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2017 Ford Ranger Wildtrak review (video)

It’s arguably the most popular double-cab ute in Australia, the Ford Ranger, if you exclude fleet and government sales. And in top-spec Wildtrak form it is easily one of the most desirable off-road trucks currently on the market. Does it have what it takes to push ahead of the top-selling Toyota HiLux?

Ford Australia is doing great things in the increasingly popular ute segment. It jumped onto the bandwagon early by offering sporty, fashionable versions of its Ranger with the Wildtrak and earlier this year the FX4. Soon, it will also introduce a proper Ranger Raptor performance version, probably as a result of watching its buyers converting the Ranger to look like the American F-150 Raptor – it arrives next year.

Until then buyers have the Wildtrak. It’s the flagship variant and it comes with enough unique features to really separate it from the rest of the range, justifying the fairly high starting price of $61,790 for the auto, as tested (excluding on-roads). Going for the manual saves you $2200.

At this price point it is one of the most expensive utes in the class; the Toyota HiLux SR5, for comparison, is priced from $56,390 for the auto, although it is perhaps not as unique compared with the rest of the HiLux range in comparison to the Wildtrak and its range. Only the Volkswagen Amarok V6 Ultimate is priced higher (from $67,990) – the upcoming Mercedes X-Class is likely to push the price ceiling even higher again.

2017 Ford Ranger Wildtrak – THE SPECS

Engine: 3.2-litre turbo-diesel five-cylinder
Output: 147kW@3000rpm / 470Nm@1750-25000rpm
Transmission: Six-speed auto
Drive type: Part-time 4×4, locking rear diff
Wheels: F & R: 18×8.0, 265/60
ANCAP: Five stars (scored 36.72 out of 37)
Kerb weight: 2289kg
Power-to-weight: 15.57:1 (kg:kW)
Official fuel economy: 8.9L/100km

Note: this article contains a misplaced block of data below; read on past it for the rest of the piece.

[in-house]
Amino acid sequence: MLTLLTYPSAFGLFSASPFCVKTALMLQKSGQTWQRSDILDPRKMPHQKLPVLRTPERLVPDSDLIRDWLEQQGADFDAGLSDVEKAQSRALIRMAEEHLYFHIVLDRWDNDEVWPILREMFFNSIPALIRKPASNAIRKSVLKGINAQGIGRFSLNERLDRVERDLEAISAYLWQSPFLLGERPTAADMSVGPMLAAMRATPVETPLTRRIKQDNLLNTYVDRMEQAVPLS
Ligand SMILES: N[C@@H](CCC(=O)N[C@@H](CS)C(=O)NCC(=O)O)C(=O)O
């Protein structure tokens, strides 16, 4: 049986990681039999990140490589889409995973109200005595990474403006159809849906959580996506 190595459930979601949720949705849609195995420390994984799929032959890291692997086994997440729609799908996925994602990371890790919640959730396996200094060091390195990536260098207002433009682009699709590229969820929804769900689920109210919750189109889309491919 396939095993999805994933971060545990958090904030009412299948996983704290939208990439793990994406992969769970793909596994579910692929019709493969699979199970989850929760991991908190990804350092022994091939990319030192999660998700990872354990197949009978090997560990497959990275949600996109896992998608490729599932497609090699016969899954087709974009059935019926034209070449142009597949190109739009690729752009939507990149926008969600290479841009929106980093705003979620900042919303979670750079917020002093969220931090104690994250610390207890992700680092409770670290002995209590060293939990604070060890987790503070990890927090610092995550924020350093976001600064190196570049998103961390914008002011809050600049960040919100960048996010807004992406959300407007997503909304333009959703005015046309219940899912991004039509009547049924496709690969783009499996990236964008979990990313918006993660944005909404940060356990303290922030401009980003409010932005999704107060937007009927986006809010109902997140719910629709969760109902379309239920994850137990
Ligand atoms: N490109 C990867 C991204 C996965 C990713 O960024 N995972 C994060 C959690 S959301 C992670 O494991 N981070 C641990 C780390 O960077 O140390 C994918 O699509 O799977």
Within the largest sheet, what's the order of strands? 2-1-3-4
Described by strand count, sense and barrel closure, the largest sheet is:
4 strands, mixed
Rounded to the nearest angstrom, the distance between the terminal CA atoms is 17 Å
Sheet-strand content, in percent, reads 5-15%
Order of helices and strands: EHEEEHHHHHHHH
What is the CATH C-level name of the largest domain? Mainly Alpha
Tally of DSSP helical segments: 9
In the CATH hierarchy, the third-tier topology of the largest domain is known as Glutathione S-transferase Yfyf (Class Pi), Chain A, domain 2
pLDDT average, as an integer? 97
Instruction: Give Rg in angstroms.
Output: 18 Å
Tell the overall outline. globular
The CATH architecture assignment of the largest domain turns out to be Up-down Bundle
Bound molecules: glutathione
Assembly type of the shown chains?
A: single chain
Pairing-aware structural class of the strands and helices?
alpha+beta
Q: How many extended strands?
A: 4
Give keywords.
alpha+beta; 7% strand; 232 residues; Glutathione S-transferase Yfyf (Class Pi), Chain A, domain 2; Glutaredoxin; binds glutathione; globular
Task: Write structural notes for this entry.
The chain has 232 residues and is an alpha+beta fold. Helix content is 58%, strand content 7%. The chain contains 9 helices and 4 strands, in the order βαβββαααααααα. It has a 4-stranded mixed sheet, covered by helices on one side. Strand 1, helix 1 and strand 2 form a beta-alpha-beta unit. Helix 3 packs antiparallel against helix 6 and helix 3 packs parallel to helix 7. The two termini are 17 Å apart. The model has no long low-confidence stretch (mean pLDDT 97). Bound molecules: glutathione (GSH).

Economy during test: 10.3L/100km
Fuel capacity/Type: 80L/Diesel

Power efficiency: 16.51kW:L/100km
0-60km/h: 4.68 seconds*
0-100km/h: 10.54 seconds*
60-110km/h: 7.84 seconds*
1/8 mile: 11.59 seconds at 100.9km/h*
1/4 mile: 17.97 seconds at 123.3km/h*
Max acceleration: 0.746g
100-0km/h braking: 3.45 seconds at 42.90 metres*
Max deceleration: -1.008g
Decibel at idle: 46*
Peak decibel at 60-100km/h: 76*
Priced from: $61,790

* Figures as tested by PerformanceDrive on the day. Factory claims may be different

2017 Ford Ranger Wildtrak – THE PACKAGE

We get the feeling buyers in this class aren’t all that worried about prices. If you’re after a top-rung double-cab ute with all of the bells and whistles, around $60k seems to be fairly standard and acceptable. Fortunately, Ford has gone to great lengths to make sure the Wildtrak is a lot different to the lower-spec variants. The body uses the same design but it’s presented in a more enticing two-tone colour scheme, with a dark grey front fascia and grille area, matching side mirrors and rear bumper, with some aggressive bash-plate-style detailing under the front end. This all does well to accentuate the Ranger’s chunky and muscular proportions, giving it big presence on the road.

Inside, the Wildtrak gets hip-hugging sports seats in the front with orange-highlighted mesh-like trimming, with matching upholstery for the rear bench. Accommodation is excellent, with plenty of headroom and legroom in the front. It also offers one of the best driving positions in the class, a good spread of storage options including a centre console box and two cup holders in front, bottle holders in all doors, and two USB ports in the front and an Australian power socket (230V/150W) and 12V outlet in the back.

Rear seat space is pretty good for the class, too, with a relatively wide bench providing decent shoulder space. There are no climate vents in the back of the centre console, but there is a flip-down armrest with cup holders so the rear passengers can enjoy refreshing beverages. Behind the folding bench is more storage space and a trio of child seat anchor points. Bespoke as they might be, the floor mats are carpet and aren’t going to be as durable as the full rubber mats you can get in some rivals. Obviously, this can be fixed pretty easily.

Ford hasn’t done a very good job on the interface layout and functionality of the cabin in our opinion. The SYNC 3 touch-screen, packed with digital radio and sat-nav, is a bit of a mess, frankly. Black is used as the screen background, with no real distinguishing tones or highlights to help separate the menus and apps. There are also around 22 different buttons on the steering wheel, with little LCD screens mounted within the instrument cluster. It can be a nightmare to interpret all of the information that’s presented.

You have the option to display the sat-nav, driving status, audio track and even squeeze in a tacho into the cluster. To jump between the different layouts you need to use the four-way pads on either side of the steering wheel, for the left and right LCD screens. All of it can be overwhelming, although the speedo is more palpable, looking like it’s lifted from the Focus hatch. Oddly the side mirror adjustment toggle is mounted on the dash, throwing another adjustment function in front of the driver’s eyes.